To circumvent the issue related to training the deep networks in a standard manner, we explore the application of stacked autoencoders for denoising SP data. Several neural network configurations are tested using the two step approach described in Fig. 3. In the first step, the weights corresponding to every hidden layer are trained using basic autoencoders with only one hidden layer each. Once the weights have been initialized, a full-fledged deep neural network is trained to reach the final solution. Stacked autoencoders have been found to push beyond 70%. This can be improved further by regularizing the weights and avoiding over-fitting. With 5 hidden layers, the stacked autoencoder could achieve efficiencies close to 78%.

Fig. 6 shows three data samples chosen randomly out of 1000 data samples in the test set. A stacked deep network with 5 hidden layers is used. It is observed that for the three cases, autoencoder could significantly reduce noise in the data. However, in Fig. 5(c), certain amount of bias can be seen in some parts of the result obtained using autoencoder. Although the employed autoencoder could smoothen the data in that region, the associated values deviate significantly from the actual values. A reason could be that the training set did not comprise samples resembling this data, and the model was not sufficiently trained for it. Clearly, a remedy would be to further train the model in a feedback loop based on the fitting obtained for such examples.

We also observed that for stacked autoencoders, perturbing the weights obtained in step 1 improves the convergence of step 2. Randomly 10% of the weights corresponding to each hidden layer are sampled and perturbed by up to 5%. With this configuration, value of 80.6% is obtained. This approach when combined with regularization can remove more than 81% of the noise from SP data. With this level of improvement in the data, it can be claimed that stacked autoencoders could be a potential denoising tool for such problems.

(a) Test sample 27
(b) Test sample 73
(c) Test sample 282
Figure 6: Noise-free, noisy and autoencoder (AE) corrected data for samples with index 27, 73 and 282. These samples have been chosen randomly out of the 1000 test samples. The noisy signal consists of upto 50% random noise in 50% of the points for each sample. A stacked deep network with the hidden structure of {25, 20, 17, 20, 25} is used.

4.2 Seismic data

Figure 7: An example seismic section considered for generating the training and test samples for this study.
Figure 8: Schematic diagram demonstrating the extraction of small image slices from a test image of size . For the seismic example case, and would denote time samples and number of traces, respectively. The image slices are chosen to be of size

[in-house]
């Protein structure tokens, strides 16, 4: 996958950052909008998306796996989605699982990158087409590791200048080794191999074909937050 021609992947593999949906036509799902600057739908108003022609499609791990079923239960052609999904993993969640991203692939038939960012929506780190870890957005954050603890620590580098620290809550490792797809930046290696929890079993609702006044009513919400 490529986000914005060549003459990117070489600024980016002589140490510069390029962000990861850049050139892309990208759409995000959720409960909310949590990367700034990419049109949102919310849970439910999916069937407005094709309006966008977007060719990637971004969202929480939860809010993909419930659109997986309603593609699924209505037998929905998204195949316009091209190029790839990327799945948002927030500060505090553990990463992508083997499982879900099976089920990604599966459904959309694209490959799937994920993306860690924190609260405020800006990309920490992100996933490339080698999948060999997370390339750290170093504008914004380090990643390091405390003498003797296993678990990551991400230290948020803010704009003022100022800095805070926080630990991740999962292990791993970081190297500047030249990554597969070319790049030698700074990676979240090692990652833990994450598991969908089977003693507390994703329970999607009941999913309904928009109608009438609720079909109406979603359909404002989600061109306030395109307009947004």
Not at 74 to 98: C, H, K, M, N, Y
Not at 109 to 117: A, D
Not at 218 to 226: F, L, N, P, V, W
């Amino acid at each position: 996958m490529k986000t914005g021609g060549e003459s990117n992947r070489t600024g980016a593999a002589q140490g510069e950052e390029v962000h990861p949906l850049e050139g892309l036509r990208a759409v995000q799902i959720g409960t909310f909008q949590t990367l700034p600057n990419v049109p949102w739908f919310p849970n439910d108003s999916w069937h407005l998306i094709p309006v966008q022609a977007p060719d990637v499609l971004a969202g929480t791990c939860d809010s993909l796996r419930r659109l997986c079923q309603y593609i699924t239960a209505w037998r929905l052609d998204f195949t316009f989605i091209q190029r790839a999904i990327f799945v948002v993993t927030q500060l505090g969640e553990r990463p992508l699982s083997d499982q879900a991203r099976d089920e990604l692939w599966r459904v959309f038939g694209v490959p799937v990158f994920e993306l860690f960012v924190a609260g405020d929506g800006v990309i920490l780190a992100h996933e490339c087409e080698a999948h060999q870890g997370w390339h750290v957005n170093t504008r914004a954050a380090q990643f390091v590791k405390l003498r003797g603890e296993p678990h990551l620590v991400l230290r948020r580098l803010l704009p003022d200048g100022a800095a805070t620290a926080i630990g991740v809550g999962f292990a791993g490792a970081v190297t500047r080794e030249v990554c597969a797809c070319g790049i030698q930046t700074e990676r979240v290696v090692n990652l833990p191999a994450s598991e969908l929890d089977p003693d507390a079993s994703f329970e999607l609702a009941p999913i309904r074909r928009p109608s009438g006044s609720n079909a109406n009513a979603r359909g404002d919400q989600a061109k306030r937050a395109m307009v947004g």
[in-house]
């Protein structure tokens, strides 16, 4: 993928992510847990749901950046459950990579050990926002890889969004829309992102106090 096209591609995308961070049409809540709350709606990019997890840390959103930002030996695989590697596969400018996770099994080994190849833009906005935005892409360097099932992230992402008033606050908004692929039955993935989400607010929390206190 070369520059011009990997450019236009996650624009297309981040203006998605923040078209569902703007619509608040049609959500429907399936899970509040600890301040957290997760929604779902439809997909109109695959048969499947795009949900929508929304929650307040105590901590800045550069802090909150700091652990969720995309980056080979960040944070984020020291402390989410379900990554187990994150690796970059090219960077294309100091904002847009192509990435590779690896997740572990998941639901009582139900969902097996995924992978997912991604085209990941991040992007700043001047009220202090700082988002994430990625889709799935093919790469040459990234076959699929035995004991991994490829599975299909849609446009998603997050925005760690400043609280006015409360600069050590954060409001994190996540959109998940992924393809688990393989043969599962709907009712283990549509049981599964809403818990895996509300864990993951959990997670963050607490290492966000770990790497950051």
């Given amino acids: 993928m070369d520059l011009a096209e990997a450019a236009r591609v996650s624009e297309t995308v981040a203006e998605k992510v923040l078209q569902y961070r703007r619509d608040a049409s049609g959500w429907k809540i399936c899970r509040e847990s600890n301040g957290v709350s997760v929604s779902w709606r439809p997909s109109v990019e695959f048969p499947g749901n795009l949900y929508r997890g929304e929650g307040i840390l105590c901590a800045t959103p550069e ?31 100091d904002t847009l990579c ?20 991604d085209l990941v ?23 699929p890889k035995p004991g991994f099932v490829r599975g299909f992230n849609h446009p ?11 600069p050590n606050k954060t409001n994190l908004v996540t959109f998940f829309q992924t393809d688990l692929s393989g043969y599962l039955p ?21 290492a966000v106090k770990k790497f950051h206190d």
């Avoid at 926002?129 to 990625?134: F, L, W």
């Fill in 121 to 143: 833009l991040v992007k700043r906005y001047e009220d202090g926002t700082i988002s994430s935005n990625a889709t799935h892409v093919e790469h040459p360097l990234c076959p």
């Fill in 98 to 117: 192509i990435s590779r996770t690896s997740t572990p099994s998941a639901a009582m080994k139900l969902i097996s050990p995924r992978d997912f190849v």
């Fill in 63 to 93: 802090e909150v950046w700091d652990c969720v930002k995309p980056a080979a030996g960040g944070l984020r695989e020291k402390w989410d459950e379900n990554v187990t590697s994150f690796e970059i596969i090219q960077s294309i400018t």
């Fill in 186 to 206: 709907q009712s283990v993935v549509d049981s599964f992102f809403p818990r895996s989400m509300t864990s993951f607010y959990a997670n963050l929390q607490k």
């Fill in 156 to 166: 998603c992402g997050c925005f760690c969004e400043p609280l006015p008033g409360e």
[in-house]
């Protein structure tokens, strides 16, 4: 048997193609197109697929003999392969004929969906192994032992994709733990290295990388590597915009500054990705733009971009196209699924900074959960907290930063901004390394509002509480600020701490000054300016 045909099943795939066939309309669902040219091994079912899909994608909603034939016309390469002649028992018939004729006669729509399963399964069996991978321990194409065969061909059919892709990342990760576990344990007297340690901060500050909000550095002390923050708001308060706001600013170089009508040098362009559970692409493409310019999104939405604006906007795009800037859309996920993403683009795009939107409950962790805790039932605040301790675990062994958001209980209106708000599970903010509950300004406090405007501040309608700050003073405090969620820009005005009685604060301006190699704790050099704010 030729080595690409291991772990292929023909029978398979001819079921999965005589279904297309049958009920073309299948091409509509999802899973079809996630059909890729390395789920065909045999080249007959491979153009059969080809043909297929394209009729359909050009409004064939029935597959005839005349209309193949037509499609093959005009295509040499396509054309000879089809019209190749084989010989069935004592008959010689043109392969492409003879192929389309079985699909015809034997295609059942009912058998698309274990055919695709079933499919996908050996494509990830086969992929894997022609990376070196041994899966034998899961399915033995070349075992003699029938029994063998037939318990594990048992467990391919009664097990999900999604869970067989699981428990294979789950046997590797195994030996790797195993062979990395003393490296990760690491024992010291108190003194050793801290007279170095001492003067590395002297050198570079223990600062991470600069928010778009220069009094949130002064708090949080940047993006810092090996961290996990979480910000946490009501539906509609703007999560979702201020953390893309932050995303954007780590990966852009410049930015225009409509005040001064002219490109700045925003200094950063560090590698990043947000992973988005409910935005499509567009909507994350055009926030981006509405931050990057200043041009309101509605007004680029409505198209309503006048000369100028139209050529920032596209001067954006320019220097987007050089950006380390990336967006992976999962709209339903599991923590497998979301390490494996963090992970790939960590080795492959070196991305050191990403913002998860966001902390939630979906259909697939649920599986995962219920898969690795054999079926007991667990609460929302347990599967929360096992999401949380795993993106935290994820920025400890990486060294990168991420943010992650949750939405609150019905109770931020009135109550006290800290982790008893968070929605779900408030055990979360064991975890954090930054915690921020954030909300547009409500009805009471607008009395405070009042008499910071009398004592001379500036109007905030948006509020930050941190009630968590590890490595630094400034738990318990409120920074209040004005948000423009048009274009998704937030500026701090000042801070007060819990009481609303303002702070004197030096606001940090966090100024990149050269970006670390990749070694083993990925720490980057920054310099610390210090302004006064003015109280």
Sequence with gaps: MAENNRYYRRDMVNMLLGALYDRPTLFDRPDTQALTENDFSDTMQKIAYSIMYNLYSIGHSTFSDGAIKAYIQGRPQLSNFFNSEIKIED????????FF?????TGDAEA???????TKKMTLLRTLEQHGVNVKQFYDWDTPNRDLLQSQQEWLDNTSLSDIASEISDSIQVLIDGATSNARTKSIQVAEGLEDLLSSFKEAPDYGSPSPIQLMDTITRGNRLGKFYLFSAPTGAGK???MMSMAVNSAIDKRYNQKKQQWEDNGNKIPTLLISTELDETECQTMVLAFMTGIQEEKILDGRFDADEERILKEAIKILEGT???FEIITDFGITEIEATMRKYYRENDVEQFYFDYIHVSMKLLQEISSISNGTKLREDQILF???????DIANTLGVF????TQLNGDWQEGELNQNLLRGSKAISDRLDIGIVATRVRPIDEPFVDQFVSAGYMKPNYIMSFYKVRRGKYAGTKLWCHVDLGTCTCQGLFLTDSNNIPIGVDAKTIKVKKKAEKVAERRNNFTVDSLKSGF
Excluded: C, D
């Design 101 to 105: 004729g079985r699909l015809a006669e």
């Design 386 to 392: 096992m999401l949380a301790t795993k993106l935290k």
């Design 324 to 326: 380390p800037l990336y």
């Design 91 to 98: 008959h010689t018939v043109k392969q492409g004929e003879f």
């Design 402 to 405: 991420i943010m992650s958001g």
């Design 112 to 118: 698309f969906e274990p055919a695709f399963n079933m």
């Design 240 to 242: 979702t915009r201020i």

and stride

(a) noise-free data
(b) noisy data
(c) corrected data obtained using a traditional deep autoencoder
(d) corrected data obtained using a stacked deep autoencoder
Figure 9: Denoising of corrupted seismic data using a traditional deep autoencoder and a stacked deep autoencoder. For the noisy data, some traces chosen randomly, have been corrupted by replacing them with monofrequency sinusoidal traces in a frequency range of 100 to 220 Hz.

In this section, the applicability of autoencoders is explored for the removal of random noise from seismic data. As stated earlier, the application of autoencoders on seismic waveform data has been demonstrated in the past by [59], however, only in the context of dimensionality reduction. Here, our goal is to remove noise from seismic data. For simplification purpose, we do not discuss the headers associated with the data, rather we treat the seismic data only as a two-dimensional matrix of amplitude values. Also, in this paper, our scope is restricted to non-coherent noise, and cases of coherent noise are not considered. Fig. 7 shows the seismic section that has been used in this study to generate training and test samples for the autoencoder network.

Parameter Value
Sample size
No. of samples 1.1 million
Noisy samples 0.75 million
Noise type monofrequency sinusoidal noise
Noise frequency between 100 and 220 Hz
Noisy traces per sample 1
Training samples 95%
Validation samples 5%
Activations all sigmoid and last as linear
DA network {300, 400, 300}
SDA network {300, 400, 500, 400, 300}

Max. epochs

Test image size
Number of noisy traces 7
Noise type monofrequency sinusoidal noise
Noise frequency between 100 and 220 Hz
window size
stride 1
Table 5: Network parameters for the various (stacked) denoising autoencoders used for reduction of noise in self-potential data.

For the purpose of training the autoencoder, a total of 1.1 million small seismic samples are used. Details related to the training and test datasets are presented in Table 5. From the seismic section shown in Fig. 7, around 0.38 million smaller sample images are randomly chosen. Each sample image contains data points, 9 being the number of traces and 42 denoting the number of data points along the time axis for every trace. These images are assumed to be the clean versions of data. Further, each uncorrupted image is used to generate two noisy samples. A trace is randomly chosen from the clean image, and it is replaced by a monofrequency trace with frequency in the range 100-220 Hz. The amplitude of the noisy trace is randomly chosen between and , where refers to the maximum amplitude observed in the seismic section. In this way, a total of around 1.1 million seismic samples are obtained.